Rams inept, but NFC West is on their side

Sam Bradford and the Rams had too many miscues and could not finish drives deep in the red zone. Nick Laham/Getty Images

EAST RUTHERFORD, N.J. -- The St. Louis Rams played Monday night like a team that could afford to snooze through the early portion of this 2011 NFL season.

They played like a team from the NFC West, where 7-9 was just fine in 2010 -- and again might get a team into the playoffs. All four teams face-planted in Week 2.

The New York Giants weren't much better and were flat-out worse for stretches. How the Giants could nonetheless leave MetLife Stadium with a 28-16 victory remained a minor mystery. There were others, such as: What were the Rams thinking with four minutes gone in the second quarter?

Facing third-and-8 on the national stage, the Rams threw a backward pass to a 29-year-old running back with two reconstructed knees and a 6.9-yard career receiving average. Sam Bradford hurried the throw against pressure, Cadillac Williams misplayed the ball and the Rams were slow to realize there was a game going on. Giants linebacker Michael Boley was on his way to a 65-yard touchdown return when the Rams realized the play was live.

This was the best the Rams could come up with on third down?

Coordinator Josh McDaniels makes the offensive play calls, but head coach Steve Spagnuolo was the one available afterward. I thought this play, more than any other, had captured the Rams' ineptitude on this night. The details weren't fresh in Spagnuolo's mind, but he suspected the team had called another play in the huddle, adjusting against the blitz. But as Bradford revealed a bit later, the screen to Williams was indeed the call in the huddle and "the only place" the Rams were going with the football.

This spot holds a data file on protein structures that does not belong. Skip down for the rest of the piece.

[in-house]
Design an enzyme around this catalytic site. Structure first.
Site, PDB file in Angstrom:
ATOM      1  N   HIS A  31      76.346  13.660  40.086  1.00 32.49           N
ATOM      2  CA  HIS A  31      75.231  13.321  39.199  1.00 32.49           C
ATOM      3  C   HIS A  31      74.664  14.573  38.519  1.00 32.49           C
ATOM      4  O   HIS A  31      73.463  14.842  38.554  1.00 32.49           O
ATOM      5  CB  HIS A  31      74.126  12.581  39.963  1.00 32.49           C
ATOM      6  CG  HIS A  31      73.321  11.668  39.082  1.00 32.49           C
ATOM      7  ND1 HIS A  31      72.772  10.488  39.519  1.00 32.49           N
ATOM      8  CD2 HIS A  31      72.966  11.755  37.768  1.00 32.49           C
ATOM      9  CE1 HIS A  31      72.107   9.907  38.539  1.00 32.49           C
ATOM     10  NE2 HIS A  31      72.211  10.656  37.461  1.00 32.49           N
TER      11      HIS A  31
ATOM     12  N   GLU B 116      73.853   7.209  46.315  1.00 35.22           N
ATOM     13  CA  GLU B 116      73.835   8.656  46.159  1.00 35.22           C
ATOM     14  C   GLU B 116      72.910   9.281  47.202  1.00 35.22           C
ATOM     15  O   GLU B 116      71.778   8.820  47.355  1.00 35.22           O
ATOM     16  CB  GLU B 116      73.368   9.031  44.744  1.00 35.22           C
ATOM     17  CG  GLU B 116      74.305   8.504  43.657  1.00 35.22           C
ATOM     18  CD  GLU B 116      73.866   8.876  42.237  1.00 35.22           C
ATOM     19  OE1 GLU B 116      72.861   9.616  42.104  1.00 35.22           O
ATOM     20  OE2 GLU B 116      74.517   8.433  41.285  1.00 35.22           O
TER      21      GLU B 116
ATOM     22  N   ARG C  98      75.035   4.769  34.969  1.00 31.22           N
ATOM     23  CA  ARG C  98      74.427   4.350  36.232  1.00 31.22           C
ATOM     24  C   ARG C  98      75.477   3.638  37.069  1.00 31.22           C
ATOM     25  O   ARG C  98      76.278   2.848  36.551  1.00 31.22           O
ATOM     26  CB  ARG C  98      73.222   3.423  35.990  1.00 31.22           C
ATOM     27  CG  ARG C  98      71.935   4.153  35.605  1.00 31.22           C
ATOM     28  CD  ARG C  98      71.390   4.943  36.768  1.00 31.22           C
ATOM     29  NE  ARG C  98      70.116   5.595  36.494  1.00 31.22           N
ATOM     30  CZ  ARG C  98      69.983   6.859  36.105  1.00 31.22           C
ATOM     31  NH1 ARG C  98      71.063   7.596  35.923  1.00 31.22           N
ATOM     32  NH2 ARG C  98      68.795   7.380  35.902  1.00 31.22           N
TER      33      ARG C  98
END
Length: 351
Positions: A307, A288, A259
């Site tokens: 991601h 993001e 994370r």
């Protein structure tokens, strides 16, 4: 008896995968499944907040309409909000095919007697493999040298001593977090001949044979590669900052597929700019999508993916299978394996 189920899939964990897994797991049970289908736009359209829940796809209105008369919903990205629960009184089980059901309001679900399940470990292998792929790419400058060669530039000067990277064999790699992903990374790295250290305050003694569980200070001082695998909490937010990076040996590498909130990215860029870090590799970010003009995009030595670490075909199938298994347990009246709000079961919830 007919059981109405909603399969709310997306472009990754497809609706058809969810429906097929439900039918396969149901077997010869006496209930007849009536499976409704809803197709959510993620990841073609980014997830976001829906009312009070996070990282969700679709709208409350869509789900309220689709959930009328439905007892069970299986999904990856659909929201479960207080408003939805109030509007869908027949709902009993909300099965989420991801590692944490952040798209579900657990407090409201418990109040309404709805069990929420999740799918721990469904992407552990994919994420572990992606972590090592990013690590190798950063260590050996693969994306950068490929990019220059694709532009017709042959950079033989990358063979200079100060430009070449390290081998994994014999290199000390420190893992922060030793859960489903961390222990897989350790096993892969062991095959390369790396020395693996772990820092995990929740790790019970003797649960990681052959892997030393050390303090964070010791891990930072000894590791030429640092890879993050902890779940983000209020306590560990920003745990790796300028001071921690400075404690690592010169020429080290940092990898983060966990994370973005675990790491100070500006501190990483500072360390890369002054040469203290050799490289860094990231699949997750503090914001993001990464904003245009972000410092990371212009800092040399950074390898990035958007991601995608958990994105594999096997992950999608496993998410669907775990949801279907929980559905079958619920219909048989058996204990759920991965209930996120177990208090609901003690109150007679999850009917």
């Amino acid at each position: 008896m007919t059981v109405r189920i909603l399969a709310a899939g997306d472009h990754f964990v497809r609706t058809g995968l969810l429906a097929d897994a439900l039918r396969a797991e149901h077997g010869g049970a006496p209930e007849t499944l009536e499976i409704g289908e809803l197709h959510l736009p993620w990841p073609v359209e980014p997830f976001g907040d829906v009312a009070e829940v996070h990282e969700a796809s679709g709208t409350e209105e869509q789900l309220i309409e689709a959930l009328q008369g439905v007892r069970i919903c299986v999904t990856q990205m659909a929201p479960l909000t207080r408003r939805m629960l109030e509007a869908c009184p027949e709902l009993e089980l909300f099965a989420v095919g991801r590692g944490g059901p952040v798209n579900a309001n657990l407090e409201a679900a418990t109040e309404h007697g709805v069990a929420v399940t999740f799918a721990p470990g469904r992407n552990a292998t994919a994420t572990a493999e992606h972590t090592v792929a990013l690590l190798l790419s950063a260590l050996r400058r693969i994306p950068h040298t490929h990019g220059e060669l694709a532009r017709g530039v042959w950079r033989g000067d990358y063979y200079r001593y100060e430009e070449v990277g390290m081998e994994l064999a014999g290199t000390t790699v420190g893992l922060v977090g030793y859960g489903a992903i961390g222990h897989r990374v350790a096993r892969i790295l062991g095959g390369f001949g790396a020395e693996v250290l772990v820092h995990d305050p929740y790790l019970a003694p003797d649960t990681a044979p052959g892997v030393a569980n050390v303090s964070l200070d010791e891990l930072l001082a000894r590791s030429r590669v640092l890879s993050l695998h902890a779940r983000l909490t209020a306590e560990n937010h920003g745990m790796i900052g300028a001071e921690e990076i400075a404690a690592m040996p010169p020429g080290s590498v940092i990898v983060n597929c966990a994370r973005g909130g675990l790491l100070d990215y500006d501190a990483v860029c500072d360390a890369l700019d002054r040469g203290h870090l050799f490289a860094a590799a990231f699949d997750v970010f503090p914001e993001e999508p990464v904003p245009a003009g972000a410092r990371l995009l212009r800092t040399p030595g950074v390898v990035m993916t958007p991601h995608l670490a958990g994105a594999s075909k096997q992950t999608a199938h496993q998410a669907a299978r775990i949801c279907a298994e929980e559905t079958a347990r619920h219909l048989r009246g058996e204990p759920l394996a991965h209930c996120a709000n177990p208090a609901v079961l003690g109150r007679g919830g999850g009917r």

"It was a designed screen to Cadillac," Bradford said. "They were bringing someone off that edge, and I hurried and tried to get it around the guy and in doing that threw it backwards. I just can't do that. In hindsight, I probably should have called timeout."

It was that kind of night for the Rams. Questionable planning met poor execution, producing a second consecutive defeat to open the season. There were stretches when receiver Danario Alexander and tight end Lance Kendricks, two of the Rams' most productive players when targeted early Monday night, were parked on the sideline.

Alexander caught three passes for 122 yards and a touchdown. Kendricks caught a 26-yard pass up the right sideline on a third-and-5 play in the first quarter, but the Rams targeted him only three more times. Billy Bajema replaced Kendricks in the team's two-tight end package for an extended stretch, and Bajema was the one unable to handle a third-down pass early in the fourth quarter when the Rams still had a chance. It's possible that Bajema, as a veteran, was better equipped to help in protection against the Giants' frequent blitzes.

Bradford continued to struggle against pressure, as young quarterbacks often do. He has added protection calls to his responsibilities this season while digesting McDaniels' offense. The way last season ended and the way this season has begun proves that the long-term expectations for Bradford are exactly that: long-term expectations. The short term is what coaches call a process and sometimes a painful one.